influence.

with

all

h}nins must

have had on millions and


"Truth" was held up in such a way
the attention of the far-off Greeks, and give it strong

eft'ects

these

throughout centuries

How

for

can engineering, for example, thrive

things shuffled?

Even

the

land

Tay Bridge broke down,

they

in

*Think what fame Jonathan Edwards reaped in the History of Philosophy


from that one great thought of his upon the human will.

THE AKCIIANGKLS OF

for

623

A\1':SIA.

want of tcstiiit;-; and then as to jiuliinuMil ami llio Law;


anv man, gifted with one iota of sai;acit\- here needed, donht
a moment that this ereed had inlluence imi jnstiee and its ad-

sav. for
will

Till':

mii>istration.

Even

the Greeks attain rejiorted this Persian aspiration to speak

manly

truth with the kindred

The Persians
never

their chances

felt

Xo more

their shafts.

and

led the

instincts.

world as horsemen, and the


even

till

virile figure existed

and the

He

goes straight at

on the Lie.

tablets ring with curses

of degeneration of course ensued as they do everywhere,


the last Persian king
I call it

made an

le^^'ions
all

upon Earth than Cyrus

look at Darius"s point on Behistan.

his objects,

Roman

the Persian archers had shot

all

Periods
l)ut

even

astonishing struggle for existence.

wonderful indeed as the enthronement of the best instincts

of our race.

In Veda we have the same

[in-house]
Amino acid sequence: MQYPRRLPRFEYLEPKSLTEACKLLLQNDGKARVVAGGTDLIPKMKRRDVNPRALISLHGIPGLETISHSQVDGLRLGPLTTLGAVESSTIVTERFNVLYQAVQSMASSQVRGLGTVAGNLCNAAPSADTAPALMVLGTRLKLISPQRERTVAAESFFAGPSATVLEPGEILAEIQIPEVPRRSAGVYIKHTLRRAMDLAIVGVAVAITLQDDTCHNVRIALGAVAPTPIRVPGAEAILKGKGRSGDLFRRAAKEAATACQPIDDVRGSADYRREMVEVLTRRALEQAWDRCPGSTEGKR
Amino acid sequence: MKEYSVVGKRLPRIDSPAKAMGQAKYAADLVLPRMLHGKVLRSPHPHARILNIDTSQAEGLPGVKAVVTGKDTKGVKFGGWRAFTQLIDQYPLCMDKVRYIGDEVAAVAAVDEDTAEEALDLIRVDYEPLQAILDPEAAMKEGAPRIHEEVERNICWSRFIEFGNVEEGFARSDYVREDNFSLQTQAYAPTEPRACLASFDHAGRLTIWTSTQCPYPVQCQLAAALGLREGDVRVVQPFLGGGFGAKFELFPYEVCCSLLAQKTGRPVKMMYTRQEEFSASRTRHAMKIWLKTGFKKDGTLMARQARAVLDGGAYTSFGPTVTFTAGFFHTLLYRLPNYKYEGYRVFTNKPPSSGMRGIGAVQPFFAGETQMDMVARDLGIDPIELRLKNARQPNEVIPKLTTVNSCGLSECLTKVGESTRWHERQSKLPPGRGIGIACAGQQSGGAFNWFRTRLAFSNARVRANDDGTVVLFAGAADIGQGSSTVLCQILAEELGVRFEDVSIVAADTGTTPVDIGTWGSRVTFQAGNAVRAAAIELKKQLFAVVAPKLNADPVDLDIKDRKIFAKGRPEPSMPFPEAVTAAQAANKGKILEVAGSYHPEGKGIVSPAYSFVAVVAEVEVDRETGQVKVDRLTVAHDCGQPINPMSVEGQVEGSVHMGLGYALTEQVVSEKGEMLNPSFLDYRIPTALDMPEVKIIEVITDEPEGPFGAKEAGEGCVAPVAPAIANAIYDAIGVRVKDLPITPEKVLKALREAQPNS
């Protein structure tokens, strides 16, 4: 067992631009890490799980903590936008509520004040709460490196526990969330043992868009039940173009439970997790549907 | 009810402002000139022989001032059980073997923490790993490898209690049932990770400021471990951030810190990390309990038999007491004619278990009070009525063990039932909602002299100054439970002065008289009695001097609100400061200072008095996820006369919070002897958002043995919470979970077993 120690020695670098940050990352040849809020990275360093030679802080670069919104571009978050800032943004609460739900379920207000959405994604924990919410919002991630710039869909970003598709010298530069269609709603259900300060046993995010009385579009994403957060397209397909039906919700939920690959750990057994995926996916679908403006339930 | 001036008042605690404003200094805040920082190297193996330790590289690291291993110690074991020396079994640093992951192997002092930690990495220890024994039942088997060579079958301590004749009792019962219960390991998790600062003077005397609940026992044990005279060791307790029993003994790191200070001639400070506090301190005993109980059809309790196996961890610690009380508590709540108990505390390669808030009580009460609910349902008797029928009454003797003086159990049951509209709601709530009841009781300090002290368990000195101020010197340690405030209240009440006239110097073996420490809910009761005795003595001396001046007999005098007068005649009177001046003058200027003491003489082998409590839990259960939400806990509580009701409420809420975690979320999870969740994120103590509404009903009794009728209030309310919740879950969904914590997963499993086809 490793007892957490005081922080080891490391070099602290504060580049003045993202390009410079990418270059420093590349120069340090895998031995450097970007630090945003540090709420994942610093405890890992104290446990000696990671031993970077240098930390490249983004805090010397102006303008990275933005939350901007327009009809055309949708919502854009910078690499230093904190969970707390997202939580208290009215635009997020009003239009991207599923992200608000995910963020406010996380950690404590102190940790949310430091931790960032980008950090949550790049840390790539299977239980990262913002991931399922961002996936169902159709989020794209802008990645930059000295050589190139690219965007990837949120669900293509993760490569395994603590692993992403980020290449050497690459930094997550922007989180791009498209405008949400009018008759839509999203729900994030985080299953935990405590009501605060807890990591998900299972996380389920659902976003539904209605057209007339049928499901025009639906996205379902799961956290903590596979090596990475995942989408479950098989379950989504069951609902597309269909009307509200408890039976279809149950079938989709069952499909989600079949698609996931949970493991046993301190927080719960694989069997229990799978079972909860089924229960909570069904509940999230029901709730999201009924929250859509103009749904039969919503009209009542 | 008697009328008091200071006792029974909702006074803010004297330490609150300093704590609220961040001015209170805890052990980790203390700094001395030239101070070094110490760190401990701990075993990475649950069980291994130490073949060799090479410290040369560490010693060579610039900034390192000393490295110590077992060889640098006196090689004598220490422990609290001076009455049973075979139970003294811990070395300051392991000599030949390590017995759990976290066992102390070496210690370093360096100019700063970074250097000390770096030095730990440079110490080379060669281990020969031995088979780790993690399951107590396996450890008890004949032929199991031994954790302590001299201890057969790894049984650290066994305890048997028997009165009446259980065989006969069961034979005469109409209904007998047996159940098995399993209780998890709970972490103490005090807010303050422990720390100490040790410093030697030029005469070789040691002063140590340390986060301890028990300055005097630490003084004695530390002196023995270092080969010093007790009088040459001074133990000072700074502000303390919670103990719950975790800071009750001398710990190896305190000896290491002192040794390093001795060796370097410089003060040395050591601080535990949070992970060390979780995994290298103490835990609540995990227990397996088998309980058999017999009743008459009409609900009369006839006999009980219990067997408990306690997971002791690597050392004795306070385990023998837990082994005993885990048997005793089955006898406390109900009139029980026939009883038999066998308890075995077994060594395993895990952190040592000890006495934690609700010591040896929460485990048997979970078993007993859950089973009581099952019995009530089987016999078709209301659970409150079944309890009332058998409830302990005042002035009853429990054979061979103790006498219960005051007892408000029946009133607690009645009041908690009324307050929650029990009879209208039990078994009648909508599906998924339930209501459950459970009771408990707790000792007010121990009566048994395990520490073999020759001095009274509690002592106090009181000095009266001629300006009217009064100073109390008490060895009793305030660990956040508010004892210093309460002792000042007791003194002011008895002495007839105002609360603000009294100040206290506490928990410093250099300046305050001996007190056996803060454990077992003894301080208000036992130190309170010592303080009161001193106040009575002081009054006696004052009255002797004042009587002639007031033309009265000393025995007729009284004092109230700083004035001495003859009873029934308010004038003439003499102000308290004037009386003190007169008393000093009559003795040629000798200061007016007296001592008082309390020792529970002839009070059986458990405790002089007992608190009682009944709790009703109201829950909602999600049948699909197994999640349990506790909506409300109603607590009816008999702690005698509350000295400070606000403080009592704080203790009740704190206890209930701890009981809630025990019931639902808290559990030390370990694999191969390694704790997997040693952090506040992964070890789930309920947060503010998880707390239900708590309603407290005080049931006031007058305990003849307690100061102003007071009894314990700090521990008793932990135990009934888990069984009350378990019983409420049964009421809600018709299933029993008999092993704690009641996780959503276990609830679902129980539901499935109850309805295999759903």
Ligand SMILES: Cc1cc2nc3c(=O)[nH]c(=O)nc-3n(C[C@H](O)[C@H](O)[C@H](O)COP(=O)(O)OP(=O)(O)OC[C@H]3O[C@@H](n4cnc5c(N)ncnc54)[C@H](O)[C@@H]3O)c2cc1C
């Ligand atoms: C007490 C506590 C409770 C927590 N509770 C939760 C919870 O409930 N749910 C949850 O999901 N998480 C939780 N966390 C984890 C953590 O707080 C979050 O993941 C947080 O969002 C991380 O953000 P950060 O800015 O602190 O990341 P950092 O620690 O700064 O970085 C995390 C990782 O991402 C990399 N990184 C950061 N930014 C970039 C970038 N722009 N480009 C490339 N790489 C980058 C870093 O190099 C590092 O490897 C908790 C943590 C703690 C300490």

and with a throng beside them

ideas, often also not personified


left

too in their simple state, but

there thev are loosely scattered, neglected as

it

were.

Here they are

compacted, selected, guarded and protected, focused, so to express

made dominant, effective, consecrated and above all, as the seal


made sacrosanct, for they are sacrificed, t(^o, at times in
Surely
the Yasna service as the most sacred objects in its course.
it,

of them,

this

the

lifts

Gathas out of and above

all

such like competing

schemes.

\Miere elsewhere,
in literature

save in

let

its

me

repeat the question, have

daughter systems?

we

God. the Life

the like

Spirit-

Mazda, the
"the Wise One" and with His
withcwt
though divided

Lord, Ahura, one of the noblest names well possible,

Great Creator, or as others say,

in six
it?*
JVJiaf would He be
and this at a time when Jupiter was beating Llis annewing
We do not
spouse, and Indra hiccoughing from too much Soma
worship God because Lie is a person; but because He is Supreme
in Truth, with Love and Power, Eternal, Active and Complete.

character!
attributes